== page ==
Yes, the CBD oil needs to absorb through your skin, but that actually can happen pretty fast (just think how quickly water absorbs into your skin in the shower). From there, it goes right to the tissue you are targeting. It does not need to get there via body-wide circulation.

I get a noticeable effect when I rub in the CBD oil inside of 5 minutes. It might be even less than that. The drop in localized pain is pretty significant. I’m not particularly prone to the placebo effect, so I feel confident in saying that topical CBD can work quickly.

Key Point: While you will hear a lot of people say that CBD oil balms are slow to work, in my experience they can produce swift results. I will go with the 5-30 minute estimate on my own CBD balm container as the proper answer.

Summary of  CBD Activation Times:

  • Ingestion: 10 minutes to 2 hours
  • Sublingual: 10-40 minutes
  • Vaping: 10 minutes or less
  • Topical: 5-30 minutes

As you can see, some people can actually get fast results from all methods of delivery!

How Long Does It Take CBD To Produce Results For Different Conditions?

A discussion about how long it takes CBD to work for a wide range of conditions is a bit beyond the scope of this post, but I can at least address a couple of the most common uses: pain and anxiety.

How Long Does It Take CBD To Treat Pain?

This is actually a very broad question in and of itself. How long it takes to treat a specific type of pain via any means (CBD or otherwise) depends in part on the physiological mechanisms underlying that pain. That also will determine the effectiveness.

For that reason, there is no one solid answer I can give. But I can say from my own experiences that the general estimates given seem to be applicable for quite a few pain conditions.

Again, with my localized pain, CBD balm can produce some relief within 5 minutes or less—so that is pretty great.

On the other hand, with my referred pain patterns, CBD doesn’t help. There’s no such thing as a miracle capsule or balm or nectar though, so I’m just happy with the results I do feel.

I suggest simply giving CBD a try using a few different delivery methods to see what helps for your pain condition. Hopefully you’ll get some fast relief like I do for my muscle and ligament pain.

How Long Does It Take CBD Oil To Treat Anxiety?

I haven’t used CBD oil for anxiety personally, but I know several people who do, and say that they get results from oral CBD products in anywhere from 10 minutes to an hour, and that it also helps them fall asleep within this timeframe.  In fact, many people use CBD to replace melatonin or prescription sleep aids.

Based on that, with anxiety too, I think the general activation windows apply. Remember, you can get even faster results using a method like vaping if you want to make sure you don’t have to wait an hour to start feeling the soothing effects.

Is There a Way to Increase Absorption?

Now, all of this probably has you wondering about bioavailability. If you can increase that, in theory uptake should easier. This might have the effect of improving the speed as well as the potency of the products you use.

So can you increase the bioavailability of CBD? Going by this discussion on Reddit, that is something which researchers are still working on (check out the graph in OP’s post and be sure to read the context around it). There are some ideas in the discussion which might be worth a try, but as they require some complicated preparations, I will let you delve into that for yourself.

Does CBD Oil Have to Build Up in Your System?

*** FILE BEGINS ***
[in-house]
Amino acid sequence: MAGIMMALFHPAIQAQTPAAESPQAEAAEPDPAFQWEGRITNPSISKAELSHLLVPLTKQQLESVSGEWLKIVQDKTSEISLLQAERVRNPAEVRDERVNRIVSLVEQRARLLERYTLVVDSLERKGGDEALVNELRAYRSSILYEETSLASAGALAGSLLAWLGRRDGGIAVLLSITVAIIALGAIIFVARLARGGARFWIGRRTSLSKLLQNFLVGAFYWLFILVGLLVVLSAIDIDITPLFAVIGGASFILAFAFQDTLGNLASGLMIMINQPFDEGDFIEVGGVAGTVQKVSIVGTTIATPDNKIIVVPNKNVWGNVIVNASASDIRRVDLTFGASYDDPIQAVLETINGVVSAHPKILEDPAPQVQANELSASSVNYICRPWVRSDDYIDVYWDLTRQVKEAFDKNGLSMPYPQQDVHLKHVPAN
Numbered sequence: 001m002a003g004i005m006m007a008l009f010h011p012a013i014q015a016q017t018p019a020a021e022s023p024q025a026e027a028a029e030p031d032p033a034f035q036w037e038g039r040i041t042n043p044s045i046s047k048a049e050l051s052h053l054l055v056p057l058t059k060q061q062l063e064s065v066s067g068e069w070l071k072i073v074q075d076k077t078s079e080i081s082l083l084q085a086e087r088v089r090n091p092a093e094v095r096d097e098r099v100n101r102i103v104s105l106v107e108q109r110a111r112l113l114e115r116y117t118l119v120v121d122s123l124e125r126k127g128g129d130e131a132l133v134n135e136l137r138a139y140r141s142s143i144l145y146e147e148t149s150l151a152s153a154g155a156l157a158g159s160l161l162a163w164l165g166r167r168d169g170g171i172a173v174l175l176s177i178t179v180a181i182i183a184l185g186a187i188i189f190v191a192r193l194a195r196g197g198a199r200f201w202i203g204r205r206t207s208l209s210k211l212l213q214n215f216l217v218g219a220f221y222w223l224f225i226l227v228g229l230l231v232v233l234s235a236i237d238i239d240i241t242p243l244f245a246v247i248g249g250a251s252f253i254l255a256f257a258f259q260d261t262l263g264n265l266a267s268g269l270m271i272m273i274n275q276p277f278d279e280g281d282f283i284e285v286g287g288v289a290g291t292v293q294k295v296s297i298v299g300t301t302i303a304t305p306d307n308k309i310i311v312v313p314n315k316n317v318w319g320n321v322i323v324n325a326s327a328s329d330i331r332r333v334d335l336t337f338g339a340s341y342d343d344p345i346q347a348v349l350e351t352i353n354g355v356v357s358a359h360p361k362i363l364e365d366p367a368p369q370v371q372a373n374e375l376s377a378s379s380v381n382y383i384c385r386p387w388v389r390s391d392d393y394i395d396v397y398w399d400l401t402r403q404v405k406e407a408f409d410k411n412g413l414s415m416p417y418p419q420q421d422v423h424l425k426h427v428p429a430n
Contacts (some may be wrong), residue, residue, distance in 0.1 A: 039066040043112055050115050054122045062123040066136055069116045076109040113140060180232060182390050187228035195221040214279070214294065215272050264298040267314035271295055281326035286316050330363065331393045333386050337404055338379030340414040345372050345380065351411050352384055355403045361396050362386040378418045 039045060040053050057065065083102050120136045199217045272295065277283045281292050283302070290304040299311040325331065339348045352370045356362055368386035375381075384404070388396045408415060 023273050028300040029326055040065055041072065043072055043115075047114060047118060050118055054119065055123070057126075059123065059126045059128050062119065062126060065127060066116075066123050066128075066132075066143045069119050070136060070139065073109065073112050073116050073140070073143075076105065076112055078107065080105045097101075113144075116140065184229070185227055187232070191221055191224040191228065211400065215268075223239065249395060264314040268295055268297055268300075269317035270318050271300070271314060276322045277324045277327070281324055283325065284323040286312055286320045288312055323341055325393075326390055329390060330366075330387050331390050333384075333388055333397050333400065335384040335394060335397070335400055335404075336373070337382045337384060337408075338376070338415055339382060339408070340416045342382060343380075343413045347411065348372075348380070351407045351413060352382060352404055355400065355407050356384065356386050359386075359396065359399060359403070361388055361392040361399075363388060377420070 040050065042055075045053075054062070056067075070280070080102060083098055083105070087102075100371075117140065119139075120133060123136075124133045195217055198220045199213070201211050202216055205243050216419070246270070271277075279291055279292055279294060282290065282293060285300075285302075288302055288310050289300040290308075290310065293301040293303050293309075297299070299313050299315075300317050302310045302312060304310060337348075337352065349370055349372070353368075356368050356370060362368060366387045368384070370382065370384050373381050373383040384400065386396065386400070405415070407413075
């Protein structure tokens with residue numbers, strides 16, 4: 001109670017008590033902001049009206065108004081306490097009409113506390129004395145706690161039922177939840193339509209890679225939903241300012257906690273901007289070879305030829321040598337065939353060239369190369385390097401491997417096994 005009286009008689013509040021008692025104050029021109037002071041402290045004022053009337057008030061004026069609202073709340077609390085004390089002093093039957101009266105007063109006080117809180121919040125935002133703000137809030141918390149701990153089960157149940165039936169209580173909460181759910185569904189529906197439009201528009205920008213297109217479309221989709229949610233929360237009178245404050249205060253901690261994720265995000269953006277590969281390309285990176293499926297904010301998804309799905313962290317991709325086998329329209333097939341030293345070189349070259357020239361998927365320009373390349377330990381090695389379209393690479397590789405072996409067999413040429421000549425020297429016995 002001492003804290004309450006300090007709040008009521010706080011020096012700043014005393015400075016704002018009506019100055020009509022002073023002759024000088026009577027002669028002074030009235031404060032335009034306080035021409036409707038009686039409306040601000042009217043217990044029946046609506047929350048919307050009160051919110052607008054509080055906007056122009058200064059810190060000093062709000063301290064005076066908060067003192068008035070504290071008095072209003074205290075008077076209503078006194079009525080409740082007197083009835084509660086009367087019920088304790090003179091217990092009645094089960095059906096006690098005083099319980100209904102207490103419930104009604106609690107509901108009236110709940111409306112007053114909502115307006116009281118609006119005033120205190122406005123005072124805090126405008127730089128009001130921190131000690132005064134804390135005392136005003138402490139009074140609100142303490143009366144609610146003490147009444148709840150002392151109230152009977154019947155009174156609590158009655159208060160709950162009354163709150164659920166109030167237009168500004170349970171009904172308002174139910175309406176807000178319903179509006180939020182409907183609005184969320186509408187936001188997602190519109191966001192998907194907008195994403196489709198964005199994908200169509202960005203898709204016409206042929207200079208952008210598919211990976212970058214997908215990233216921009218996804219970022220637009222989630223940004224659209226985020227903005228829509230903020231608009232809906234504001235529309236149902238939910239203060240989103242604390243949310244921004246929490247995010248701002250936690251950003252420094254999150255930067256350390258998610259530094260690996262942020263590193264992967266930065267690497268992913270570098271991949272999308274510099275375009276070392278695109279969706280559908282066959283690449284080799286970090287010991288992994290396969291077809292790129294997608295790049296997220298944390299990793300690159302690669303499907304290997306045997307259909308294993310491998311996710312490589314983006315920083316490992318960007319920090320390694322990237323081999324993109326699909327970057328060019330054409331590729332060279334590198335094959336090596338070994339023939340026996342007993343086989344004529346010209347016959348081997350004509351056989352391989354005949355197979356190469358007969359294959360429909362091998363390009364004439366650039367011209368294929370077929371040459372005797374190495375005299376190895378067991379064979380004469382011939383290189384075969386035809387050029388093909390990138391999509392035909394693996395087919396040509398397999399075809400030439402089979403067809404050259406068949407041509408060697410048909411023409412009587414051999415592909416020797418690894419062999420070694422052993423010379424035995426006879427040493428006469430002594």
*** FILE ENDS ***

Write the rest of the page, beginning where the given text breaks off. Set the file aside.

I can only answer this question based off of the available data. I have seen a few sites claim that CBD oil does build up in the body, enhancing the effect over time, but I have seen others which claim the opposite—that repeated exposure results in the development of tolerance and a corresponding decline in effectiveness.

I decided to delve into this myself, and found this research text, which states, “With respect to the cannabinoids, the reported effects of repeated treatment range from tolerance to auxoesthesia (Pried 1977). Although what determines the direction of the change in drug responsiveness has not been elucidated.”

To clarify, “auxoesthesia” is simply a scientific word for an increase in sensitivity. Now, heightened sensitivity is not the same mechanism as build-up, but I suspect that some people who believe that CBD does have to “build up” in the system actually are referring to experiences of auxoesthesia.

How Long Will the CBD Be In Your System?

The reason I assert that “build up” may not be responsible for increased effects with increased usage is simply that CBD only remains in the body on average for just a few days.

I have only found one small study on this matter. The participants were taking 700 mg/day of CBD orally over a 6 week period to treat Huntington’s disease. Plasma levels were measured both during and after the dosage period.

The researchers noted, “CBD levels averaged 1.5 ng/ml one week after CBD was discontinued, and were virtually undetectable thereafter. The elimination half-life of CBD was estimated to be about 2-5 days, and there were no differences between genders for half-life or CBD levels. Additionally, no plasma delta-1-THC, the major psychoactive cannabinoid of marijuana, was detected in any subject.”

If you are taking CBD oil continuously, I suspect a build-up might be possible, but if you are taking it only at intervals, it seems likely to me that build-up would be minimal or nonexistent, depending on your dosage or timing.

In any case, more research is needed in this area to answer questions involving build-up with a higher degree of detail and certainty.

Key Point: CBD’s half-life is believed to be 2-5 days. Regular usage may or may not lead to build-up, increased sensitivity, or the development of tolerance. Further research is required.

How Long Do the Effects Last?

Once CBD does go into effect in the body, it typically will produce its soothing effects for a minimum of four hours, sometimes longer.

Final Thoughts…

You now know that there is a surprising amount of variance in how long CBD oil takes to work its wonders in the body. Factors which influence the period of time you need to wait include the form of the oil, the quality of the oil, the effects you are waiting for, and your own individual metabolism and receptiveness to the product.

The best way to find the CBD product which is right for you is probably to experiment. Try out different forms (capsules, vaping, balms, etc.) and see what works best for your body and the conditions you are trying to treat. While you are at it, be sure to keep exploring the articles on our site to learn more about how CBD oil works and to discover the highest quality products.